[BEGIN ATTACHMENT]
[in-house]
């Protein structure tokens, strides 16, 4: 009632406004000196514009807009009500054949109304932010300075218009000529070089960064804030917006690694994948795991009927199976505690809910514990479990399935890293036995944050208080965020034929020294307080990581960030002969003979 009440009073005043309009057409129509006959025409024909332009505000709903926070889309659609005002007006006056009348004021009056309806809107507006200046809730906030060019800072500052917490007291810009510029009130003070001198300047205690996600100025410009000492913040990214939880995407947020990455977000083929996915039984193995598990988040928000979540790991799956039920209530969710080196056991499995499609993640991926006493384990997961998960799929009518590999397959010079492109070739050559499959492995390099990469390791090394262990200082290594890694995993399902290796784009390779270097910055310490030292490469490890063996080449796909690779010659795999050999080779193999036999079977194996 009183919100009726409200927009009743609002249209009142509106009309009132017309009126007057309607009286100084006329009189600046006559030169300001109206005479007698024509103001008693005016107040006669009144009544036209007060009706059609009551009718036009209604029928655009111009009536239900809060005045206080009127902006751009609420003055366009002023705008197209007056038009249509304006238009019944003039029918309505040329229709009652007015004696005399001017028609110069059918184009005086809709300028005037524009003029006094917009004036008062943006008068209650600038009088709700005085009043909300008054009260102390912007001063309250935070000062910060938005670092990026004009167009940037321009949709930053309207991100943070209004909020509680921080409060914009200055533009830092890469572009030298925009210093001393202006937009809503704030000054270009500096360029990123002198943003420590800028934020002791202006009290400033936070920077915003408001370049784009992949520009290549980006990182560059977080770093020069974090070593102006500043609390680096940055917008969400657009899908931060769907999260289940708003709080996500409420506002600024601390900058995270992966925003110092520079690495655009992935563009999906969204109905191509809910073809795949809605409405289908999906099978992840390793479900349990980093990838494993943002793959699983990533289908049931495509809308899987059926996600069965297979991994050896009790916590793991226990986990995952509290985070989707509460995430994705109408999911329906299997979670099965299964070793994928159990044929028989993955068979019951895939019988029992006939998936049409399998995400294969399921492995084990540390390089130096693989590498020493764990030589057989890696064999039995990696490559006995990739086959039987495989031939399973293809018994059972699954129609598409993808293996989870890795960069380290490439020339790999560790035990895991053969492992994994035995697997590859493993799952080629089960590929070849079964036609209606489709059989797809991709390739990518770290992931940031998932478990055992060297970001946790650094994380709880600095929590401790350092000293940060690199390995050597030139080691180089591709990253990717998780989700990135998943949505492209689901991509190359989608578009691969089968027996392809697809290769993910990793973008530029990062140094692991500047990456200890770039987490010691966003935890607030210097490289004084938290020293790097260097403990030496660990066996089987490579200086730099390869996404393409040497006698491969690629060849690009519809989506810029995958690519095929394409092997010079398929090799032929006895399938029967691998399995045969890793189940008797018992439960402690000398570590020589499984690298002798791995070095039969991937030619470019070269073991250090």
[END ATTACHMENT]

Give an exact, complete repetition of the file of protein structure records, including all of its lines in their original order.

[in-house]
């Protein structure tokens, strides 16, 4: 009632406004000196514009807009009500054949109304932010300075218009000529070089960064804030917006690694994948795991009927199976505690809910514990479990399935890293036995944050208080965020034929020294307080990581960030002969003979 009440009073005043309009057409129509006959025409024909332009505000709903926070889309659609005002007006006056009348004021009056309806809107507006200046809730906030060019800072500052917490007291810009510029009130003070001198300047205690996600100025410009000492913040990214939880995407947020990455977000083929996915039984193995598990988040928000979540790991799956039920209530969710080196056991499995499609993640991926006493384990997961998960799929009518590999397959010079492109070739050559499959492995390099990469390791090394262990200082290594890694995993399902290796784009390779270097910055310490030292490469490890063996080449796909690779010659795999050999080779193999036999079977194996 009183919100009726409200927009009743609002249209009142509106009309009132017309009126007057309607009286100084006329009189600046006559030169300001109206005479007698024509103001008693005016107040006669009144009544036209007060009706059609009551009718036009209604029928655009111009009536239900809060005045206080009127902006751009609420003055366009002023705008197209007056038009249509304006238009019944003039029918309505040329229709009652007015004696005399001017028609110069059918184009005086809709300028005037524009003029006094917009004036008062943006008068209650600038009088709700005085009043909300008054009260102390912007001063309250935070000062910060938005670092990026004009167009940037321009949709930053309207991100943070209004909020509680921080409060914009200055533009830092890469572009030298925009210093001393202006937009809503704030000054270009500096360029990123002198943003420590800028934020002791202006009290400033936070920077915003408001370049784009992949520009290549980006990182560059977080770093020069974090070593102006500043609390680096940055917008969400657009899908931060769907999260289940708003709080996500409420506002600024601390900058995270992966925003110092520079690495655009992935563009999906969204109905191509809910073809795949809605409405289908999906099978992840390793479900349990980093990838494993943002793959699983990533289908049931495509809308899987059926996600069965297979991994050896009790916590793991226990986990995952509290985070989707509460995430994705109408999911329906299997979670099965299964070793994928159990044929028989993955068979019951895939019988029992006939998936049409399998995400294969399921492995084990540390390089130096693989590498020493764990030589057989890696064999039995990696490559006995990739086959039987495989031939399973293809018994059972699954129609598409993808293996989870890795960069380290490439020339790999560790035990895991053969492992994994035995697997590859493993799952080629089960590929070849079964036609209606489709059989797809991709390739990518770290992931940031998932478990055992060297970001946790650094994380709880600095929590401790350092000293940060690199390995050597030139080691180089591709990253990717998780989700990135998943949505492209689901991509190359989608578009691969089968027996392809697809290769993910990793973008530029990062140094692991500047990456200890770039987490010691966003935890607030210097490289004084938290020293790097260097403990030496660990066996089987490579200086730099390869996404393409040497006698491969690629060849690009519809989506810029995958690519095929394409092997010079398929090799032929006895399938029967691998399995045969890793189940008797018992439960402690000398570590020589499984690298002798791995070095039969991937030619470019070269073991250090």